United States Government/The Judicial Branch

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Contents Colonial America - Articles of Confederation - The Constitutional Convention - Ratification - The Three Branches - The Federal System - General Provisions - The Bill of Rights - The Later Amendments - Legislative Branch - Executive Branch - Judicial Branch

The Courts[edit]

The United States judicial system includes the Supreme Court of the United States and the inferior federal courts. The President nominates an individual to serve as a judge, after which the Senate must grant its advice and consent before the President can formally appoint the judge. A judge holds office during "good behavior", which is usually interpreted as meaning a life term.

The Supreme Court[edit]

The Constitution creates the Supreme Court, but permits Congress to set the number of Justices. Currently, the Supreme Court includes the Chief Justice of the United States and eight Associate Justices. The Supreme Court has original jurisdiction over limited categories of cases, such as cases between two or more states. It hears most of its cases through its appellate jurisdiction, in which it hears appeals from lower federal and state courts. It exercises its appellate jurisdiction selectively; four of the nine Justices must grant a writ of certiorari before a case can be heard.

The Court of Appeals[edit]

The United States is divided into twelve regional circuits, each of which has a Court of Appeal. Additionally, there is a Federal Circuit which hears appeals from certain special tribunals and courts. The regional circuits (which are officially known by a number only, except for the DC circuit) are as follows:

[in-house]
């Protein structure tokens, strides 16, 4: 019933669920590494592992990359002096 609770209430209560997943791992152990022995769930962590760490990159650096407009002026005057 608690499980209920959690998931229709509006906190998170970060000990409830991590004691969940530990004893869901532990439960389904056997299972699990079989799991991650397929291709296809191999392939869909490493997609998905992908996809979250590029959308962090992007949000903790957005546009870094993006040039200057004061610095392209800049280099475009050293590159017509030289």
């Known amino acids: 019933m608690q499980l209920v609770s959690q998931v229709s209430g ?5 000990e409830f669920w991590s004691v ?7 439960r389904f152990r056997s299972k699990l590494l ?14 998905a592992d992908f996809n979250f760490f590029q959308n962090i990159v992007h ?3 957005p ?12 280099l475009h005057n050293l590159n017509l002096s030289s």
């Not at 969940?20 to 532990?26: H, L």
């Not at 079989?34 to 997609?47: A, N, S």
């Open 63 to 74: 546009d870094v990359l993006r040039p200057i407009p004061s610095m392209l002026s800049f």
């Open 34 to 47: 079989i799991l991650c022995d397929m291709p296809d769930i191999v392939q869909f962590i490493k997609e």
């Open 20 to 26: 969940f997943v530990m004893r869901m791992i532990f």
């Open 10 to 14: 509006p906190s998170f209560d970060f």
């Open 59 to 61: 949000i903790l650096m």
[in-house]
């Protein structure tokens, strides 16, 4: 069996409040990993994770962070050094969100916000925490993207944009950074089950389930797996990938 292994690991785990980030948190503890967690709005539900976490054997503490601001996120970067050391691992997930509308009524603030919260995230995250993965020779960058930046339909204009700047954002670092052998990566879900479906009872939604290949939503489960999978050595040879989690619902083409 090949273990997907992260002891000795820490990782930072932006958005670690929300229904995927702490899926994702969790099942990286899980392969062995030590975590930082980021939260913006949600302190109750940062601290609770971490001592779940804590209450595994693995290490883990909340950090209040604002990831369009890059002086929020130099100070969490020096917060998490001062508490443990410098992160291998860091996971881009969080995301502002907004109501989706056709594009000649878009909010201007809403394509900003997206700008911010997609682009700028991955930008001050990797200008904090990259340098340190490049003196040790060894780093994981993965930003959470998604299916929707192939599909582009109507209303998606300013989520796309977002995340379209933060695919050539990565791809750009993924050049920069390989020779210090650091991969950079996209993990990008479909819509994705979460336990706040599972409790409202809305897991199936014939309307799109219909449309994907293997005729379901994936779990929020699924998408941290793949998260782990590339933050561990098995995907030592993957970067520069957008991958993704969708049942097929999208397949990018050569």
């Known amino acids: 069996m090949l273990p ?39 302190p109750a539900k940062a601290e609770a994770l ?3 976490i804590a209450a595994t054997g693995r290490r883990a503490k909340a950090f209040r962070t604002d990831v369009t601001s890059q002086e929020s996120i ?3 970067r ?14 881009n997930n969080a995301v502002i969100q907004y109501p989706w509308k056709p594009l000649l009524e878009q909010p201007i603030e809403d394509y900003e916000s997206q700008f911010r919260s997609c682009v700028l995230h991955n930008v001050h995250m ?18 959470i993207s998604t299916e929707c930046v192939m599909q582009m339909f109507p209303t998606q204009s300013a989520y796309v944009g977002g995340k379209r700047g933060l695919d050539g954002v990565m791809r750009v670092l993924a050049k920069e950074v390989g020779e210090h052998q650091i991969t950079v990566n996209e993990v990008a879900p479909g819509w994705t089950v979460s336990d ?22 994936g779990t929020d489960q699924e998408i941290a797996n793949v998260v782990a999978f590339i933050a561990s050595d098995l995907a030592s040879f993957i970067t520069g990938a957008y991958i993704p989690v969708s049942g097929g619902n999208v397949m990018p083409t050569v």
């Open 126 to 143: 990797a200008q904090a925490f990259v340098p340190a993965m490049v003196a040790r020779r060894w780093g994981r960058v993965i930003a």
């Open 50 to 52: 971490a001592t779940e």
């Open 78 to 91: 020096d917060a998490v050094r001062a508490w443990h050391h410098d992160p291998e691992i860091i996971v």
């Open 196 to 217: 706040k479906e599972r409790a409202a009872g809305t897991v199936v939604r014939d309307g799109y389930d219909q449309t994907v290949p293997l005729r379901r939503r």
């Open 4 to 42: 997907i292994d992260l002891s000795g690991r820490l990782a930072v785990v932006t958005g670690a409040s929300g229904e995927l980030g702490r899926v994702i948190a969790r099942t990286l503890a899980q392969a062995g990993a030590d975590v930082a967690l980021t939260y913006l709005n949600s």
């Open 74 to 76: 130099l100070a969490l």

• District of Columbia
  • First Circuit- Northern New England (Maine, New Hampshire, Massachusetts, and Rhode Island plus the Commonwealth of Puerto Rico)
  • Second Circuit- Southern New England (Vermont, New York, and Connecticut)
  • Third Circuit- Middle Atlantic (Pennsylvania, Delaware, and New Jersey plus US Territory Virgin Islands)
  • Fourth Circuit- Upper Southeast (Maryland, Virginia, West Virginia, North Carolina, and South Carolina)
  • Fifth Circuit- Deep South (Texas, Louisiana, and Mississippi)
  • Sixth Circuit- Eastern Great Lakes (Michigan, Ohio, Kentucky, and Tennessee)
  • Seventh Circuit- Western Great Lakes (Wisconsin, Illinois, and Indiana)
  • Eighth Circuit- Midwest (Minnesota, Iowa, Missouri, Arkansas, North Dakota, South Dakota, and Nebraska)
  • Ninth Circuit- West (Alaska, Hawaii, Washington, Oregon, California, Montana, Idaho, Nevada, and Arizona plus US Territories Guam and the Northern Mariana Islands)
  • Tenth Circuit- Southwest (Wyoming, Utah, Colorado, Kansas, Oklahoma, and New Mexico)
  • Eleventh Circuit- Lower Southeast (Alabama, Georgia, and Florida)

Each Court of Appeal includes a different number of members. The First Circuit has the fewest with six members, while the Ninth Circuit has the most with twenty-eight.

District Court[edit]

Every state is divided into one or more Court Districts (which are distinct from Congressional districts). The total number of districts is ninety-four.

Each district court includes a different number of members. The Eastern and Western District of Kentucky, the Eastern District of Oklahoma, and the Northern, Eastern, and Western District of Oklahoma, each have the fewest number of judges with one, while the Central District of California has the most with twenty-seven.

Other Courts[edit]

The Congress has established special bankruptcy courts and other courts to rule on specific matters.


Contents Colonial America - Articles of Confederation - The Constitutional Convention - Ratification - The Three Branches - The Federal System - General Provisions - The Bill of Rights - The Later Amendments - Legislative Branch - Executive Branch - Judicial Branch